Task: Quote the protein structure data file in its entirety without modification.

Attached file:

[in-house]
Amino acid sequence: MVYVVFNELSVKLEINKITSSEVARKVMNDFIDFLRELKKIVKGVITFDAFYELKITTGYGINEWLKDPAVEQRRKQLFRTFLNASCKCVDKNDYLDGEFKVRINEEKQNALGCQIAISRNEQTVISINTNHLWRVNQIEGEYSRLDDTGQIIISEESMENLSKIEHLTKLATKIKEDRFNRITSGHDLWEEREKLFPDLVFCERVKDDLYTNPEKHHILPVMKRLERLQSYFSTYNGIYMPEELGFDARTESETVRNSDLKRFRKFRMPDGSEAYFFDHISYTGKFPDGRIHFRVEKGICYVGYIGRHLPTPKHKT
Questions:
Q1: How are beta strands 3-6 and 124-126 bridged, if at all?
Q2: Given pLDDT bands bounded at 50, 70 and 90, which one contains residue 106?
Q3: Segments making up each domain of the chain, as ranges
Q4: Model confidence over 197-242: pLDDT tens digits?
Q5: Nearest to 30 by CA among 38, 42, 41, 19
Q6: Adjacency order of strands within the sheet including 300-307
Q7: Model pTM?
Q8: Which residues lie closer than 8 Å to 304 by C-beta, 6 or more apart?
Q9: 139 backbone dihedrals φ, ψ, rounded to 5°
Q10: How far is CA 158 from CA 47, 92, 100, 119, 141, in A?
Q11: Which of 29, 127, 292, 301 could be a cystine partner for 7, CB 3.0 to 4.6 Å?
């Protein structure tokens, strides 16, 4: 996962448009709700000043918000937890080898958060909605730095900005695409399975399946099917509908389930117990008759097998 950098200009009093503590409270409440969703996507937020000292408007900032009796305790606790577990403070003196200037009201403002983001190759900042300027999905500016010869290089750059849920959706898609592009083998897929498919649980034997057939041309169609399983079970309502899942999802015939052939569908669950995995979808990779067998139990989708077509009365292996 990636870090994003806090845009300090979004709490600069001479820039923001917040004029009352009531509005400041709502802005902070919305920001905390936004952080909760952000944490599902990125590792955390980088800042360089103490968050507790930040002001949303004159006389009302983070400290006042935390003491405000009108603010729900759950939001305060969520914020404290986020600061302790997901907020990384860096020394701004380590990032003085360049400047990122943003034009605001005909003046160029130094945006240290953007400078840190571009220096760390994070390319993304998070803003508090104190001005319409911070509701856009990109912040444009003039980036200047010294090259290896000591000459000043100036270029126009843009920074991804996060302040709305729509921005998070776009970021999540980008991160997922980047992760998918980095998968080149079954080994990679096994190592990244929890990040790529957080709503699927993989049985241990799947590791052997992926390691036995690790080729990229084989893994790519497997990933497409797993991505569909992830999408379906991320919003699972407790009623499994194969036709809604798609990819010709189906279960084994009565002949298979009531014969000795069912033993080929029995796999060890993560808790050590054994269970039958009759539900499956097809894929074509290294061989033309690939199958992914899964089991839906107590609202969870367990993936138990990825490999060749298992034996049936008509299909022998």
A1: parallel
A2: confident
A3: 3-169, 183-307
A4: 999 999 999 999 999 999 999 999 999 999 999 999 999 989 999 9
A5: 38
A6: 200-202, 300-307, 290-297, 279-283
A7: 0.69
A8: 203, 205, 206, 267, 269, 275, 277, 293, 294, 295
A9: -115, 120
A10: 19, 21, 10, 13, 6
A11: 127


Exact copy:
[in-house]
Amino acid sequence: MVYVVFNELSVKLEINKITSSEVARKVMNDFIDFLRELKKIVKGVITFDAFYELKITTGYGINEWLKDPAVEQRRKQLFRTFLNASCKCVDKNDYLDGEFKVRINEEKQNALGCQIAISRNEQTVISINTNHLWRVNQIEGEYSRLDDTGQIIISEESMENLSKIEHLTKLATKIKEDRFNRITSGHDLWEEREKLFPDLVFCERVKDDLYTNPEKHHILPVMKRLERLQSYFSTYNGIYMPEELGFDARTESETVRNSDLKRFRKFRMPDGSEAYFFDHISYTGKFPDGRIHFRVEKGICYVGYIGRHLPTPKHKT
Questions:
Q1: How are beta strands 3-6 and 124-126 bridged, if at all?
Q2: Given pLDDT bands bounded at 50, 70 and 90, which one contains residue 106?
Q3: Segments making up each domain of the chain, as ranges
Q4: Model confidence over 197-242: pLDDT tens digits?
Q5: Nearest to 30 by CA among 38, 42, 41, 19
Q6: Adjacency order of strands within the sheet including 300-307
Q7: Model pTM?
Q8: Which residues lie closer than 8 Å to 304 by C-beta, 6 or more apart?
Q9: 139 backbone dihedrals φ, ψ, rounded to 5°
Q10: How far is CA 158 from CA 47, 92, 100, 119, 141, in A?
Q11: Which of 29, 127, 292, 301 could be a cystine partner for 7, CB 3.0 to 4.6 Å?
């Protein structure tokens, strides 16, 4: 996962448009709700000043918000937890080898958060909605730095900005695409399975399946099917509908389930117990008759097998 950098200009009093503590409270409440969703996507937020000292408007900032009796305790606790577990403070003196200037009201403002983001190759900042300027999905500016010869290089750059849920959706898609592009083998897929498919649980034997057939041309169609399983079970309502899942999802015939052939569908669950995995979808990779067998139990989708077509009365292996 990636870090994003806090845009300090979004709490600069001479820039923001917040004029009352009531509005400041709502802005902070919305920001905390936004952080909760952000944490599902990125590792955390980088800042360089103490968050507790930040002001949303004159006389009302983070400290006042935390003491405000009108603010729900759950939001305060969520914020404290986020600061302790997901907020990384860096020394701004380590990032003085360049400047990122943003034009605001005909003046160029130094945006240290953007400078840190571009220096760390994070390319993304998070803003508090104190001005319409911070509701856009990109912040444009003039980036200047010294090259290896000591000459000043100036270029126009843009920074991804996060302040709305729509921005998070776009970021999540980008991160997922980047992760998918980095998968080149079954080994990679096994190592990244929890990040790529957080709503699927993989049985241990799947590791052997992926390691036995690790080729990229084989893994790519497997990933497409797993991505569909992830999408379906991320919003699972407790009623499994194969036709809604798609990819010709189906279960084994009565002949298979009531014969000795069912033993080929029995796999060890993560808790050590054994269970039958009759539900499956097809894929074509290294061989033309690939199958992914899964089991839906107590609202969870367990993936138990990825490999060749298992034996049936008509299909022998």
A1: parallel
A2: confident
A3: 3-169, 183-307
A4: 999 999 999 999 999 999 999 999 999 999 999 999 999 989 999 9
A5: 38
A6: 200-202, 300-307, 290-297, 279-283
A7: 0.69
A8: 203, 205, 206, 267, 269, 275, 277, 293, 294, 295
A9: -115, 120
A10: 19, 21, 10, 13, 6
A11: 127